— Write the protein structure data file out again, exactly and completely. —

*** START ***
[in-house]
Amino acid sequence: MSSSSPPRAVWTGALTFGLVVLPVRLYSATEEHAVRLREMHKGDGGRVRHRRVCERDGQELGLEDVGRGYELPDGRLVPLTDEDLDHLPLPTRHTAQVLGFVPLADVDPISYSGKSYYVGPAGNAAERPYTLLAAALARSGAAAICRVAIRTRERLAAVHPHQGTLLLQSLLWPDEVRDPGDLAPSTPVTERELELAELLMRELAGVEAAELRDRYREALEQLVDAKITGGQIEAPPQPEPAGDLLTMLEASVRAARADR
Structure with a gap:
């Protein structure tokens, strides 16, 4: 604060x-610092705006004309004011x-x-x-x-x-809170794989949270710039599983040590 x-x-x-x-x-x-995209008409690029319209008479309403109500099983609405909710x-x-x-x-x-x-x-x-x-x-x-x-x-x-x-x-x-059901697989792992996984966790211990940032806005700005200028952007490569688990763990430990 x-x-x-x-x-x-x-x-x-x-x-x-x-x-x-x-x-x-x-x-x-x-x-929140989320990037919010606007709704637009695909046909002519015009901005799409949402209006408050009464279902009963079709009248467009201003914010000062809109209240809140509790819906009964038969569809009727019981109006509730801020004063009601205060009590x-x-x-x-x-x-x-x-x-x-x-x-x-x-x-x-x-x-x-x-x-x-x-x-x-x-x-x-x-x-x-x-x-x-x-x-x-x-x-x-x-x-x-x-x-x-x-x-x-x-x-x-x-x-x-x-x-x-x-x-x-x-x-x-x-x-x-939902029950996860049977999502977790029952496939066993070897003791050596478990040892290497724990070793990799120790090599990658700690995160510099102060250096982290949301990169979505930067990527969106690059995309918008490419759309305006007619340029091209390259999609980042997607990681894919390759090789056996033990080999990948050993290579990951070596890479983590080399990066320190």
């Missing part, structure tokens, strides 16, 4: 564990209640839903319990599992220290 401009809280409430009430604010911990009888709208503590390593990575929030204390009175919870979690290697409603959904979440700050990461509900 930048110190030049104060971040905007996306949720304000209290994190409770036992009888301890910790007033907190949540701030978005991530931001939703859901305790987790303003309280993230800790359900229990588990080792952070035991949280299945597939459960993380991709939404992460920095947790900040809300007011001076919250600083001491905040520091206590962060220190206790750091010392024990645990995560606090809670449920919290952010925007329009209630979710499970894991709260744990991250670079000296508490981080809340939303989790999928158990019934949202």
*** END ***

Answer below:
[in-house]
Amino acid sequence: MSSSSPPRAVWTGALTFGLVVLPVRLYSATEEHAVRLREMHKGDGGRVRHRRVCERDGQELGLEDVGRGYELPDGRLVPLTDEDLDHLPLPTRHTAQVLGFVPLADVDPISYSGKSYYVGPAGNAAERPYTLLAAALARSGAAAICRVAIRTRERLAAVHPHQGTLLLQSLLWPDEVRDPGDLAPSTPVTERELELAELLMRELAGVEAAELRDRYREALEQLVDAKITGGQIEAPPQPEPAGDLLTMLEASVRAARADR
Structure with a gap:
């Protein structure tokens, strides 16, 4: 604060x-610092705006004309004011x-x-x-x-x-809170794989949270710039599983040590 x-x-x-x-x-x-995209008409690029319209008479309403109500099983609405909710x-x-x-x-x-x-x-x-x-x-x-x-x-x-x-x-x-059901697989792992996984966790211990940032806005700005200028952007490569688990763990430990 x-x-x-x-x-x-x-x-x-x-x-x-x-x-x-x-x-x-x-x-x-x-x-929140989320990037919010606007709704637009695909046909002519015009901005799409949402209006408050009464279902009963079709009248467009201003914010000062809109209240809140509790819906009964038969569809009727019981109006509730801020004063009601205060009590x-x-x-x-x-x-x-x-x-x-x-x-x-x-x-x-x-x-x-x-x-x-x-x-x-x-x-x-x-x-x-x-x-x-x-x-x-x-x-x-x-x-x-x-x-x-x-x-x-x-x-x-x-x-x-x-x-x-x-x-x-x-x-x-x-x-x-939902029950996860049977999502977790029952496939066993070897003791050596478990040892290497724990070793990799120790090599990658700690995160510099102060250096982290949301990169979505930067990527969106690059995309918008490419759309305006007619340029091209390259999609980042997607990681894919390759090789056996033990080999990948050993290579990951070596890479983590080399990066320190």
């Missing part, structure tokens, strides 16, 4: 564990209640839903319990599992220290 401009809280409430009430604010911990009888709208503590390593990575929030204390009175919870979690290697409603959904979440700050990461509900 930048110190030049104060971040905007996306949720304000209290994190409770036992009888301890910790007033907190949540701030978005991530931001939703859901305790987790303003309280993230800790359900229990588990080792952070035991949280299945597939459960993380991709939404992460920095947790900040809300007011001076919250600083001491905040520091206590962060220190206790750091010392024990645990995560606090809670449920919290952010925007329009209630979710499970894991709260744990991250670079000296508490981080809340939303989790999928158990019934949202």